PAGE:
Vandalism at Polish embassy is unacceptable - Israeli Dep FM

"The vandalism that took place at the Polish embassy is unacceptable and has no place in a democracy that honors the rule of law. A police investigation into the matter has been opened," Israeli Deputy Foreign Minister Tzipi Hotovely wrote on Twitter on Monday.

The Polish Embassy in Tel Aviv was vandalised with swastikas and anti-Polish graffiti on Sunday.

Earlier in the day, Israeli Foreign Ministry Spokesman Emmanuel Nahshon wrote on Twitter that, "the Jewish people was victim of a genocide perpetrated by Nazi Germany, assisted by countless Europeans, including some Poles, acting out of hatred, greed and opportunism. Any attempt to blur the line between victims and perpetrators is a lie and vicious historical revisionism."

Polish Foreign Minister Jacek Czaputowicz said on Monday that, "the Israeli authorities are responsible for ensuring the security of our diplomatic mission and this is what we demand."

The Times of Israel portal wrote on Sunday that vandals drew swastikas and wrote slurs in English on the Polish Embassy's gates in Tel Aviv. The portal added that the act happened as anger was growing stronger in Israel over a recently passed Polish anti-defamation law.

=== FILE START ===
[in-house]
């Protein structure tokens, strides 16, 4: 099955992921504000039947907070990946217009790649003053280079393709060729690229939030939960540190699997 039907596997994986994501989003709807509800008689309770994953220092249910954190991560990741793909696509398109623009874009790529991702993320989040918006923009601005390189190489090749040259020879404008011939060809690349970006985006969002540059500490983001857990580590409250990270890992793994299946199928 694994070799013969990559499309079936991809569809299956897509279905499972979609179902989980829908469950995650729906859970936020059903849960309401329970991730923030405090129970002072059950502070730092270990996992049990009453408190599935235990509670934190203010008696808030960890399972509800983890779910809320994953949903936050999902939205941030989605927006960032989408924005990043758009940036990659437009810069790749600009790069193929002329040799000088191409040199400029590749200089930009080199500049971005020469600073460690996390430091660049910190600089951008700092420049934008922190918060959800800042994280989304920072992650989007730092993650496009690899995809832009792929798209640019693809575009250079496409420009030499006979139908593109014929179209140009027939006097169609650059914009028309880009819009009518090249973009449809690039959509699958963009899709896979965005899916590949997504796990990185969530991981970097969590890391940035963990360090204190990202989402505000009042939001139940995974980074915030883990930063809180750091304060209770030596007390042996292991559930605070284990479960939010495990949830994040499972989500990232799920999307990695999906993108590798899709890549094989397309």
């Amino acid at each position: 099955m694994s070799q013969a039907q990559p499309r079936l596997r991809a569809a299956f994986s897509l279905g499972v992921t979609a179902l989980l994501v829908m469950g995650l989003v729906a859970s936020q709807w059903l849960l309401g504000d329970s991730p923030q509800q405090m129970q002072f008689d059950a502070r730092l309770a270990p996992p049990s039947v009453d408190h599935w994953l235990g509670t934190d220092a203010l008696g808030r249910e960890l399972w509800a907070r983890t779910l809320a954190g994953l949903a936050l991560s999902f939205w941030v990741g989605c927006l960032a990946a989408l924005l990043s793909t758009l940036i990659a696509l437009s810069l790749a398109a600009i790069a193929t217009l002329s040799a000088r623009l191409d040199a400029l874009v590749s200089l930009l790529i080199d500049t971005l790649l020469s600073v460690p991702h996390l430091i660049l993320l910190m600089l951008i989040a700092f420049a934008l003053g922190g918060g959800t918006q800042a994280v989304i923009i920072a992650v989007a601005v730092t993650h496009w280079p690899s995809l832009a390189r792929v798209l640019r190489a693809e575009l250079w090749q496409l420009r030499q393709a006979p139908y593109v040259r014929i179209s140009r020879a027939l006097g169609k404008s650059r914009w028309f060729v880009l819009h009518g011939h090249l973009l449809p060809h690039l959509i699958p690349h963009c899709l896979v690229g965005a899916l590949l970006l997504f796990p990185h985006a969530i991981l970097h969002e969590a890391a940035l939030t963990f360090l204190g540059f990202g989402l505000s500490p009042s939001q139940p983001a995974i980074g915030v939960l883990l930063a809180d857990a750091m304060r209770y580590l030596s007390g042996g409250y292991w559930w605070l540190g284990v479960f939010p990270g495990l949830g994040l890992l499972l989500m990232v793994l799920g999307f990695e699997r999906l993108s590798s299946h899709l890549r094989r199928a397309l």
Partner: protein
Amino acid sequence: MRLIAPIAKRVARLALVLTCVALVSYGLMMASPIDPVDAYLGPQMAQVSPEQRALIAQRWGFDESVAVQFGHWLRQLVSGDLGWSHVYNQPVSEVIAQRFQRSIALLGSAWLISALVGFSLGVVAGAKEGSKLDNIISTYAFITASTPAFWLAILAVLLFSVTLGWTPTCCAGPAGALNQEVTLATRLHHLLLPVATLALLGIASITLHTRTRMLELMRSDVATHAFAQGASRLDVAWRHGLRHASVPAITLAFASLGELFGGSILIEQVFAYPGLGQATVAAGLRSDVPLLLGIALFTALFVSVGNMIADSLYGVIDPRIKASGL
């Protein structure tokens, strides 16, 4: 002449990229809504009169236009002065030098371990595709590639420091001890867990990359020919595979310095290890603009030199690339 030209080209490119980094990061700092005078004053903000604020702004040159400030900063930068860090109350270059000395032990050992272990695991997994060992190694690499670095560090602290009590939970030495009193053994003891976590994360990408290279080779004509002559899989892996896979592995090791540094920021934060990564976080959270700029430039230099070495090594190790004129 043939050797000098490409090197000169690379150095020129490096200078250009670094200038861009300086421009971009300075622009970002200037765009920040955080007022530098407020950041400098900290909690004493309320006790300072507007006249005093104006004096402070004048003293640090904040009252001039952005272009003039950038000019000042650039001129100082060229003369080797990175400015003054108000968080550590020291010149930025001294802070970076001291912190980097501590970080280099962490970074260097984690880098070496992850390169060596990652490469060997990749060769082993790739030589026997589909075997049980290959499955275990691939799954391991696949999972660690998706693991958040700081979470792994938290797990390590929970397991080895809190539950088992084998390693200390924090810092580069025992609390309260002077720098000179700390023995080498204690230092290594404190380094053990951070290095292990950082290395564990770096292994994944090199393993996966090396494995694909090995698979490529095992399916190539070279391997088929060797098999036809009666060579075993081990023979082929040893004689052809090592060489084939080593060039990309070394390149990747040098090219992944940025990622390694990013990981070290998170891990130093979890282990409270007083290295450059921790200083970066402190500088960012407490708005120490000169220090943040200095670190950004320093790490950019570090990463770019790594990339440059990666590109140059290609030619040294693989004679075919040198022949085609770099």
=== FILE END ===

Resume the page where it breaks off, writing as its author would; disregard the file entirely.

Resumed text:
Under the so-called anti-defamation law, or the amended law on the Institute of National Remembrance (IPN) - The Commission for the Prosecution of Crimes against the Polish Nation, all those who publicly attribute, contrary to the facts, responsibility or co-responsibility for the Third Reich's crimes - or other crimes against humanity and peace, as well as war crimes - to the Polish nation or the Polish state can be punished with a fine or a prison term of up to three years.  

Having signed the bill, President Duda referred the law to the Constitutional Tribunal to determine whether freedom of speech is limited in an unauthorised manner by its provisions.

The legislation proved controversial for Israel, the United States and Ukraine. Israel claims that the penalties for defamation that the act envisages may restrict research on the Holocaust.